After this is done, let’s go ahead and pick Visual Client (P4V) from the downloads page, and pick the same choices we made for Family, Platform and the latest version.
Once the download is finished, let’s install the p4d server and command line client. They use the same installer.
After it initializes, you’ll see a choice of what to install.
You won’t need the broker or proxy for this project. They default to unchecked, so just confirm that and click next.
We will use the defaults for the rest of the choices, and proceed until the installation finishes.
Now let’s install P4V, the visual client, by double-clicking its installer.
This installer is used for a number of Helix Core apps. After it initializes, click next and you’ll see the list.
You will want the Admin tool, and P4Merge. You already have the command line client p4, but it won’t hurt to leave that selected here.
Accept the defaults by clicking next.
On the next panel, in the Server field, type in localhost:1666
Skip the username, and choose notepad for the p4 text editor. You can change this later. Hit next, and then hit install.
Now, we will test to see if the server is working by running the P4V client.
If it isn’t already there, enter localhost:1666 into the Server panel.
On the righthand side, next to the user: field, click the New button.
The server is wide open in terms of security right now, so you are allowed to create yourself as the first user.
Fill out all the fields.
Click OK and we’re logged in!
With Helix Core, a “workspace” connects your computer to the server. Files on the server are kept in a “Depot”, which is similar to a “repo” in some other version control systems, but it often holds more than one project.
In daily use, the workspace is basically a folder on your computer that Perforce knows about.
You work on the files locally in your workspace, and then you “sync” or “submit” those files with the server Depot.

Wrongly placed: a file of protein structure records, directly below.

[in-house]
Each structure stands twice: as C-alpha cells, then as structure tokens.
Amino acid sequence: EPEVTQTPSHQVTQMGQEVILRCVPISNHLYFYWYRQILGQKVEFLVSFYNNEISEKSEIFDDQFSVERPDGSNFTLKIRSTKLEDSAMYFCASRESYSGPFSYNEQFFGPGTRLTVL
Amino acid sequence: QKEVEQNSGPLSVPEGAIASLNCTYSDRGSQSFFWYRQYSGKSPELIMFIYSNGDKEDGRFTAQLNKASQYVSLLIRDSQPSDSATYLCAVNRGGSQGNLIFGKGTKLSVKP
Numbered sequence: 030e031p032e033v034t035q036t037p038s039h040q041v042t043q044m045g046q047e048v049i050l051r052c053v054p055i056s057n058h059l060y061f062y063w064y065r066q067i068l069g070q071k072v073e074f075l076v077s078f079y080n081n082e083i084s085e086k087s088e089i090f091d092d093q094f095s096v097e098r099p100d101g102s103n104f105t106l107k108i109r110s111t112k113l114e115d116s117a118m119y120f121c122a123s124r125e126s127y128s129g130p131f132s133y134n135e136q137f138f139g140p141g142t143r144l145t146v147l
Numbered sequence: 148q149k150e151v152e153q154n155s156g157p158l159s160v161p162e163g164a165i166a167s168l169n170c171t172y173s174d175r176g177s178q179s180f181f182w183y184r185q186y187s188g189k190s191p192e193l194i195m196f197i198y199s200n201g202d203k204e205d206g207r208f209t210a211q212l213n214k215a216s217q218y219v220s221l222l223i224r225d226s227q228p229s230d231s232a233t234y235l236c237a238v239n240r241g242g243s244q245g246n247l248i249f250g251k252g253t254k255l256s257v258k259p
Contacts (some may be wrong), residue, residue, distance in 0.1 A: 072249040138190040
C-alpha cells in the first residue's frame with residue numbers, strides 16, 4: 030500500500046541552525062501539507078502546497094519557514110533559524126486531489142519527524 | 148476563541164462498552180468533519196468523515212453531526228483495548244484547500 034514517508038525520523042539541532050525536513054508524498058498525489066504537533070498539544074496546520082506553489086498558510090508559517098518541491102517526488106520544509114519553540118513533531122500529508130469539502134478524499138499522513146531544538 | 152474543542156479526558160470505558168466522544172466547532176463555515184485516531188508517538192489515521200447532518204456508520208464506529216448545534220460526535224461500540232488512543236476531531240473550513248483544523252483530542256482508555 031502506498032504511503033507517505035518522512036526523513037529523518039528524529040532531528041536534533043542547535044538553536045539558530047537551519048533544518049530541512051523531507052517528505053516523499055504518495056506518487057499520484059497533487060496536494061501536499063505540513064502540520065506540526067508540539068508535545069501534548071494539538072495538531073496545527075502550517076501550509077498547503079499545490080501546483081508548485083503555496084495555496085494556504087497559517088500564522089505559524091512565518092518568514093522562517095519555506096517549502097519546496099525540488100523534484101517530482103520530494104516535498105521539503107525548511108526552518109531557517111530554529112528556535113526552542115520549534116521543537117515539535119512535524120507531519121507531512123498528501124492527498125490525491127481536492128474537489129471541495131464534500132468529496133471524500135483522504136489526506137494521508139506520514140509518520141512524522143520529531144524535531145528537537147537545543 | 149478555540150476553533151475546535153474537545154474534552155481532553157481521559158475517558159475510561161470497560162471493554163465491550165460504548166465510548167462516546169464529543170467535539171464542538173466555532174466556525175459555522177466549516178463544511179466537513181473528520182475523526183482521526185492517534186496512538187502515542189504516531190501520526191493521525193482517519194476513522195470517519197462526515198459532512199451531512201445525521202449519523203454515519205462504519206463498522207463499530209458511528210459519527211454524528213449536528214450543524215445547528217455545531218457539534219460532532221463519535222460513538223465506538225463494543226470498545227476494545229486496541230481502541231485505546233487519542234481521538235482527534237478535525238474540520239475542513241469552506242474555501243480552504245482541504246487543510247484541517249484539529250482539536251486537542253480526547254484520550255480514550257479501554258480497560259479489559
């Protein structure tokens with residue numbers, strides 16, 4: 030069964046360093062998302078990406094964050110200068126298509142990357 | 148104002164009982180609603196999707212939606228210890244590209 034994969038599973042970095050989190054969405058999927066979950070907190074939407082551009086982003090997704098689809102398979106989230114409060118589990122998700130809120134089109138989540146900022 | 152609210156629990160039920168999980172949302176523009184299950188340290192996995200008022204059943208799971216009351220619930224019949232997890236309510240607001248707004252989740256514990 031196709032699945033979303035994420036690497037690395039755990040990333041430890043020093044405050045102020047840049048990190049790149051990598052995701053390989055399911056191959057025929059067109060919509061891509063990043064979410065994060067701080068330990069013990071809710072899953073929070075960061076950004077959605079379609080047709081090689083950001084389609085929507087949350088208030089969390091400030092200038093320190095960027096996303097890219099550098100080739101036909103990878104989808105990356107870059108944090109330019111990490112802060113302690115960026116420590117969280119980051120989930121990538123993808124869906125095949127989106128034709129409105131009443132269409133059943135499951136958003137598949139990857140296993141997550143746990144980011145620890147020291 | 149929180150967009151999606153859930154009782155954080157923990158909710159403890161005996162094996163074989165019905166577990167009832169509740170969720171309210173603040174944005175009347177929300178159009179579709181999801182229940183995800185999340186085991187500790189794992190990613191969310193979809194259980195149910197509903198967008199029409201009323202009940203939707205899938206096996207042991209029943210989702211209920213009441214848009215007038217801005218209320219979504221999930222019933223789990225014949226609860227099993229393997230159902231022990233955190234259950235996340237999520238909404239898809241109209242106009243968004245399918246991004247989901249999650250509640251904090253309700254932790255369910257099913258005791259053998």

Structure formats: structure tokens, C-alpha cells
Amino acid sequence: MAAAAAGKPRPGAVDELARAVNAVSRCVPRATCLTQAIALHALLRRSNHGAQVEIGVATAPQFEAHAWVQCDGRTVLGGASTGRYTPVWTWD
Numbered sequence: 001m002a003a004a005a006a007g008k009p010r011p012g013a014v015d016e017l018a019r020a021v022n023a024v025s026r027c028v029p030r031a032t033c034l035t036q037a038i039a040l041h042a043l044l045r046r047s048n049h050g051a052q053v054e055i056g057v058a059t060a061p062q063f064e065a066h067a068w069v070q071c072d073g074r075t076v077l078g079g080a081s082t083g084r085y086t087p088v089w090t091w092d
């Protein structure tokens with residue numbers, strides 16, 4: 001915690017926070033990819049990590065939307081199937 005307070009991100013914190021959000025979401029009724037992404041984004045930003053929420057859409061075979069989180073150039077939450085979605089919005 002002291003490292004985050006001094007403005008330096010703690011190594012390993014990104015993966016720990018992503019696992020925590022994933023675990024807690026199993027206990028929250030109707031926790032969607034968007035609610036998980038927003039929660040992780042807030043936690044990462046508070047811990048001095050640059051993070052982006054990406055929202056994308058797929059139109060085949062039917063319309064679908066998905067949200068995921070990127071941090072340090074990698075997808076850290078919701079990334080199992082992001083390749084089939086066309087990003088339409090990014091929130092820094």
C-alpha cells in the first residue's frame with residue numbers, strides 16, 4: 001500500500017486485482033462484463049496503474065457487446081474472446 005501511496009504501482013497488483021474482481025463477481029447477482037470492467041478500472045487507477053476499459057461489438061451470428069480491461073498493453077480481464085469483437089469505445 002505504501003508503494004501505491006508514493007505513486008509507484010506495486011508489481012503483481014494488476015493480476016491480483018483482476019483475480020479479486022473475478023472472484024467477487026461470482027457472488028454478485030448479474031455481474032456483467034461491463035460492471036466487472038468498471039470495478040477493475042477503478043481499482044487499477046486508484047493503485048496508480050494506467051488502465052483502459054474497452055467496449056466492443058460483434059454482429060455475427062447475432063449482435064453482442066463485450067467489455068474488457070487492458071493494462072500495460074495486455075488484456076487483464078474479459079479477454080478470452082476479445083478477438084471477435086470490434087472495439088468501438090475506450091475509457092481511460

Let’s create a new workspace. First, make sure the path exists for your workspace.
Now, go to the View menu, and click on the Workspaces menu item.
This opens the workspace tab. Right click and select New Workspace from the context menu.
Give your new workspace a name. workspace root field, change the path to the folder on your machine you wish to use to contain your “work in progress” files for this project.
I’m naming my workspace to match my project.
Note that you can have multiple workspaces on the computer for different projects, and you can create them as you need them.
Before we move on, we need to make one setting to the Helix Core (p4) server, via the command-line.
Open the command prompt.
We will use the P4 Typemap command to tell Helix Core how to treat Unreal file types.
Setting the typemap will affect how files get set to read only or writable inside of Perforce.
This will open notepad, with the Perforce File Type Mapping Specification.
It should look like this.
Now save the file in Notepad.
The message in the command window should say “Typemap saved”.
Once you have a server and a workspace, you can start putting files under version control, by adding them.
For loading a number of files, it’s better to do this outside of UE, using Perforce tools. This is because additions and changes done in UE are usually made to one file at a time. Using Perforce tools like P4V, you can select a number of files and add them to the server all at one time.
When you create a new project in UE, you can choose whether it incorporates C++ code and Blueprint elements. If you are a coder, and are using C++ code in your project, you will see a Source directory as well. You should initially add only the following directories of your project: